It's been a while since I've blogged but something has been running through my mind for the past week and I wanted to be able to give it some thoughtful consideration. I'm aware that I may prompt a number of questions here, I'll answer as many as possible through comments and may choose to answer others through future blogs so look out for both...
I've been working through some discomfort about a certain type of evangelism that is rooted in a fundamentalist mentality and that explicitly disdains other forms of Christianity (let alone what it says about people of other faiths or of no faith).
Firstly, let me say that I see myself as an Evangelical but not necessarily an evangelist. There's a technical distinction there that I won't bother with for the moment, but it is fair to say that I am interested in sharing my Christian experience with people and I want to invite people to be a part of Christian community and to actively participate together in the transformation of this world towards the image of the Kingdom of God that Jesus proclaimed and inaugurated (more about that another time).
I also need to put on the table my very clear interest in something that becomes a 'side issue' if evangelism becomes the one thing that all Christians must focus on: I have a deep passion and interest in the social services of The Salvation Army. My initial conversion to Christianity was rooted in a desire to see a better world and I believed (and still do) that Christianity provided a valid framework from which to see and work towards this objective. I began working in social services in The Salvation Army nearly 20 years ago and it has changed me more deeply than anything else - personally, philosophically, politically and theologically.
The problem I see is both simple and complex. At its foundation is a desire to simplify everything to a binary decision - black or white, good or bad, heaven or hell. It becomes complicated when you add some theological overlays - the nature and authority of the Bible, the meaning of God, the purpose of Jesus life and death, the relationship between the human soul and the idea of eternity.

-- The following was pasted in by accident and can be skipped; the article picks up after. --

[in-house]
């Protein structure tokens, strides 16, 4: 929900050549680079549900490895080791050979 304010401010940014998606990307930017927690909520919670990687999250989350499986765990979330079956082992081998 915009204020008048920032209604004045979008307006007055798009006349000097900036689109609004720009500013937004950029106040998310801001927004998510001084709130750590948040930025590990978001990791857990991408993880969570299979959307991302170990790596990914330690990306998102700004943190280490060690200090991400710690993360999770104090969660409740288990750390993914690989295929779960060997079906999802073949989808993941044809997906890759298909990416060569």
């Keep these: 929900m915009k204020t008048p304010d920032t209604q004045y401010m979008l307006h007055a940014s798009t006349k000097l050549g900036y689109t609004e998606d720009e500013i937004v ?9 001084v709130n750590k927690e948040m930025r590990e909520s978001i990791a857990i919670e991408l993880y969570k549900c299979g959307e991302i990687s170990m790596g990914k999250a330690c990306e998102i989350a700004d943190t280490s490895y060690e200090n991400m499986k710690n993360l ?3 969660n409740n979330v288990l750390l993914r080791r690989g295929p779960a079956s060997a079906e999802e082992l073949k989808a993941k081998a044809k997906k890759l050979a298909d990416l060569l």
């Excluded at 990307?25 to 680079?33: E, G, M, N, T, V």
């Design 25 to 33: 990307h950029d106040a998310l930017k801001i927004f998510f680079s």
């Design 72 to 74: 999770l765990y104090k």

Many people find the simplicity of black and white choices highly attractive. To illustrate how easy it is, I myself have begun to wonder whether there is a psychological tendency for humans to fall into two categories: those who see everything as binary options and those who don't. I think there's a joke in there somewhere.
I find the reality of life to be a whole lot more grey than black or white. I am pretty sure this is largely because of my involvement in social service delivery, perhaps I have been sucked into the post-modern mindset, or maybe I just have deep trauma from a lifetime as a Collingwood supporter. I think this is why I can't be a fundamentalist. I tried to be for a while, but it didn't take - real life got in the way. I couldn't believe the things I was supposed to believe about the Bible after I'd read it (several times, the whole way through, eventually much of it in Greek and Hebrew). For a while I thought that my apparent dissent would marginalise and isolate me, maybe even make it impossible for me to stay a Christian. However, I soon found (and continue to find) many people who feel as I do. I also have come to understand through an appreciation of Christian history that the noisiest voices are not always the ones in the centre - though they might like you to think that they are.
I believe that many of us are losing, or have lost, the capacity to appreciate the value of metaphor and story as vehicles for communicating truth. We might even say things like 'that person's life must be Hell' without taking seriously how right we might be. Why do we have to be forced into choices between Hell on earth or Hell as the burning fires of eternity; salvation as rescue from an existential predicament or salvation as eternal insurance for the soul; Jesus as a human being or Jesus as the definitive manifestation of the Hebrew God? The denial of these choices is rooted in a recognition of the concrete experiences and expressions of salvation throughout the Bible: the Exodus from Egypt, the return from exile, Jesus' feeding, healing and reconciling people to themselves, their communities and their God.
I refuse to believe that because I can't be a fundamentalist therefore I can't be a Christian and I refuse to be forced into making false choices that don't reflect my experience of life. I'm also not very good at being quiet when something upsets me... but at least I'm learning to take my time in responding.